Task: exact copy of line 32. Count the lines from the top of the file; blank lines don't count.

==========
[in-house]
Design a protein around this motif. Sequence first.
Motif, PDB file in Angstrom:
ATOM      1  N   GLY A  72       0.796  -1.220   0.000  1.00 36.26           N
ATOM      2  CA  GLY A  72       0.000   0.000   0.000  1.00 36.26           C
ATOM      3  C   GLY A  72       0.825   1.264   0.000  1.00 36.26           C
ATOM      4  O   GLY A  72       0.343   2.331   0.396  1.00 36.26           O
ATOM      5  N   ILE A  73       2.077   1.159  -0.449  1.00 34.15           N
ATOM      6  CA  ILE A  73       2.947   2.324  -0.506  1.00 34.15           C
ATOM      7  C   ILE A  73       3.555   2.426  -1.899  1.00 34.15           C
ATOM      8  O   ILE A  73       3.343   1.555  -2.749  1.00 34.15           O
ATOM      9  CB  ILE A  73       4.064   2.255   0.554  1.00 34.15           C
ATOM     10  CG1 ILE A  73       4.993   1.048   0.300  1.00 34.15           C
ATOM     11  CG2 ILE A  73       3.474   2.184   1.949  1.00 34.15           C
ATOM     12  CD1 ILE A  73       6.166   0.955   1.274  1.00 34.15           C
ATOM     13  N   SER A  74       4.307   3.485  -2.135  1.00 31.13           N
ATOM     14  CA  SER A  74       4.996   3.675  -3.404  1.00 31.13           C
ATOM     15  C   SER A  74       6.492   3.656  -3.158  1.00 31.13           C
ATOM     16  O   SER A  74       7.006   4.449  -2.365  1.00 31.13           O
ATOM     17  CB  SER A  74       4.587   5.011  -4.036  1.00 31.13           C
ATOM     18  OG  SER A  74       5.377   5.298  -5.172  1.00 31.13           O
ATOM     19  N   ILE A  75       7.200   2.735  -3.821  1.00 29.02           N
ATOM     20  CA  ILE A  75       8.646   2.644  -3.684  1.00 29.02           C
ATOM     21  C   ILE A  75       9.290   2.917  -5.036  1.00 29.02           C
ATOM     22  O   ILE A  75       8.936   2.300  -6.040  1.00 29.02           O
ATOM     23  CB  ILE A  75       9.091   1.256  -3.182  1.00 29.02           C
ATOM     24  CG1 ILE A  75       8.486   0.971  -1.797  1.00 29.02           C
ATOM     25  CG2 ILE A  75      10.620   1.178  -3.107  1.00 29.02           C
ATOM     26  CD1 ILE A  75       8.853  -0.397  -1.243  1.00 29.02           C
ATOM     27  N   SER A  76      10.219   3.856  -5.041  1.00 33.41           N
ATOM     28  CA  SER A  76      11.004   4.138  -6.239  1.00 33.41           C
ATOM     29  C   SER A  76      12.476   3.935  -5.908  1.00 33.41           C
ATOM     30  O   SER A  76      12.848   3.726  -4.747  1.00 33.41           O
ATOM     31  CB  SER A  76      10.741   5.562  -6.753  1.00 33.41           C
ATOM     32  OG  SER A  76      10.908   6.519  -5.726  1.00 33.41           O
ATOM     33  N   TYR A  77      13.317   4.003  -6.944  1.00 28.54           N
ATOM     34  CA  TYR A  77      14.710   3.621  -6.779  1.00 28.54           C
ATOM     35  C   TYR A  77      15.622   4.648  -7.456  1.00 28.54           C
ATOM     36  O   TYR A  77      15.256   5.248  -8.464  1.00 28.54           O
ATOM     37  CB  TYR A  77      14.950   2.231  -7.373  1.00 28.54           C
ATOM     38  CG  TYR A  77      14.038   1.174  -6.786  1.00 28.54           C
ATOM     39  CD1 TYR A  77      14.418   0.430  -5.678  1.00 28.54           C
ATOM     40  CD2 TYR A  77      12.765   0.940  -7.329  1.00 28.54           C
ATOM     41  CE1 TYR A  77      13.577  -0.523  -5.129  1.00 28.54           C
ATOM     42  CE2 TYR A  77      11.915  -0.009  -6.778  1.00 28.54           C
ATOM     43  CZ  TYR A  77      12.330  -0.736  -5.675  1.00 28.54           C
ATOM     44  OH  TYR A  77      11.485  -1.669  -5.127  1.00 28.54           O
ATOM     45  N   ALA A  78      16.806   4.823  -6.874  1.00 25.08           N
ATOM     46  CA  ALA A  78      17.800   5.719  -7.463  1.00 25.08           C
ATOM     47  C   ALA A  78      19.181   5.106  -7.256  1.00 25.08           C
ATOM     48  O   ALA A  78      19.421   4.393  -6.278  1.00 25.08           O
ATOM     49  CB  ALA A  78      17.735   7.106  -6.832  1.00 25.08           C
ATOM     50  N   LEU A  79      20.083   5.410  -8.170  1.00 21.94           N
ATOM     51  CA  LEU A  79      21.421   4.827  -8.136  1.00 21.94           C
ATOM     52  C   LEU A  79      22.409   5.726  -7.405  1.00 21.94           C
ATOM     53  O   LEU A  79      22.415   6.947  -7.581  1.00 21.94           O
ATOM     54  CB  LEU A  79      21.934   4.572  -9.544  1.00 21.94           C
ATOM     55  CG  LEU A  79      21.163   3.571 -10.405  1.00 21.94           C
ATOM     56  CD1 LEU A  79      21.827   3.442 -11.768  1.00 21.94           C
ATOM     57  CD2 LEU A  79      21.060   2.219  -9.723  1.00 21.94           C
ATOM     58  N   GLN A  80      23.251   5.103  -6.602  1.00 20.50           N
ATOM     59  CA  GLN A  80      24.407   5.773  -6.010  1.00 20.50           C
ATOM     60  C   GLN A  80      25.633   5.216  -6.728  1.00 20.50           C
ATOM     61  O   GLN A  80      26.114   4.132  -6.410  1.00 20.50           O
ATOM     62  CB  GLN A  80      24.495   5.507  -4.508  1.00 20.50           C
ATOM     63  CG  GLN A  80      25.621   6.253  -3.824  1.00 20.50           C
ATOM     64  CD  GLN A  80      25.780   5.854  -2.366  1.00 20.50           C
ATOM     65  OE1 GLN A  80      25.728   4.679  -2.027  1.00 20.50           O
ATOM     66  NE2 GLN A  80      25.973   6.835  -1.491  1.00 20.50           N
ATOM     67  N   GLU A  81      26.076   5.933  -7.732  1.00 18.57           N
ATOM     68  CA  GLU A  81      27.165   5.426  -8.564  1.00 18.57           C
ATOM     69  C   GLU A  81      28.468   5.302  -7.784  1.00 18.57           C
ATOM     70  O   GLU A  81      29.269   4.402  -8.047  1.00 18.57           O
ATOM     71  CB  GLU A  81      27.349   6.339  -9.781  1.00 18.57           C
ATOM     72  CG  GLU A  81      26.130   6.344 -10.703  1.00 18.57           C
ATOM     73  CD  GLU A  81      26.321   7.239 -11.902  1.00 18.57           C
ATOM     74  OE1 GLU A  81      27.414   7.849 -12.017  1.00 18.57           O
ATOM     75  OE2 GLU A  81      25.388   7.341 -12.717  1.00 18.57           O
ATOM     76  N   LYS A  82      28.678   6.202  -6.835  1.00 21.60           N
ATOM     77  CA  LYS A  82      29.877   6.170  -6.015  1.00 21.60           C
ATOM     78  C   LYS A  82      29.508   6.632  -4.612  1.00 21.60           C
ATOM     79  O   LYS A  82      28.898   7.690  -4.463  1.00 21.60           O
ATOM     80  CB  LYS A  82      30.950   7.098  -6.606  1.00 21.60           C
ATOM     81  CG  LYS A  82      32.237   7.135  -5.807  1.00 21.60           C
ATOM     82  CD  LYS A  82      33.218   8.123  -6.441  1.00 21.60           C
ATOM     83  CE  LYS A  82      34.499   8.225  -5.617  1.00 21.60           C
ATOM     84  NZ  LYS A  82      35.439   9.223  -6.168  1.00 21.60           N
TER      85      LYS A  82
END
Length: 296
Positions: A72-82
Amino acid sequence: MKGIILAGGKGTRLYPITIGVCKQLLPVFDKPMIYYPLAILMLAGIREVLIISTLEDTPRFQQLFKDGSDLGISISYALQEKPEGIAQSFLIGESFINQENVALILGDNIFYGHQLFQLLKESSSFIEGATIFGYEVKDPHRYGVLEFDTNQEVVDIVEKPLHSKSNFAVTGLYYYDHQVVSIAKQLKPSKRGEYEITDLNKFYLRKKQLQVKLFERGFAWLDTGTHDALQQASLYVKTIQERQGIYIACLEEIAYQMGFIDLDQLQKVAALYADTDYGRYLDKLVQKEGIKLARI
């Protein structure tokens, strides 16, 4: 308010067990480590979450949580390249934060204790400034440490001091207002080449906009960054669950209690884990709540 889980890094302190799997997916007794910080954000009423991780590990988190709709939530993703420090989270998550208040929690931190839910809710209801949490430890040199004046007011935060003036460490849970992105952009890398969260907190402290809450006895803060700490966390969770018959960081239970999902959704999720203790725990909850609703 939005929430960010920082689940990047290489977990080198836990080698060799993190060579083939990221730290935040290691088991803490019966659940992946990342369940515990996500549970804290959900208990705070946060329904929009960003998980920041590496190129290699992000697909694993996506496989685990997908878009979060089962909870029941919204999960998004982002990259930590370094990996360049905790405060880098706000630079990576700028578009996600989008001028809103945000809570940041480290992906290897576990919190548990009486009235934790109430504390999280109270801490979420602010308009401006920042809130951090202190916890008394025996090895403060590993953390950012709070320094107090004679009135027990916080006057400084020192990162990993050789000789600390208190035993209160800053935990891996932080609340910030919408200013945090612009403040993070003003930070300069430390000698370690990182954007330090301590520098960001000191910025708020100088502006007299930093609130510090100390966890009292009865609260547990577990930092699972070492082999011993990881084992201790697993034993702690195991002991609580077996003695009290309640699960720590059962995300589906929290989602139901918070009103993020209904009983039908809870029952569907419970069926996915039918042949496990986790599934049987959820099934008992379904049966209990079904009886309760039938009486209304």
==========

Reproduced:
ATOM     29  C   SER A  76      12.476   3.935  -5.908  1.00 33.41           C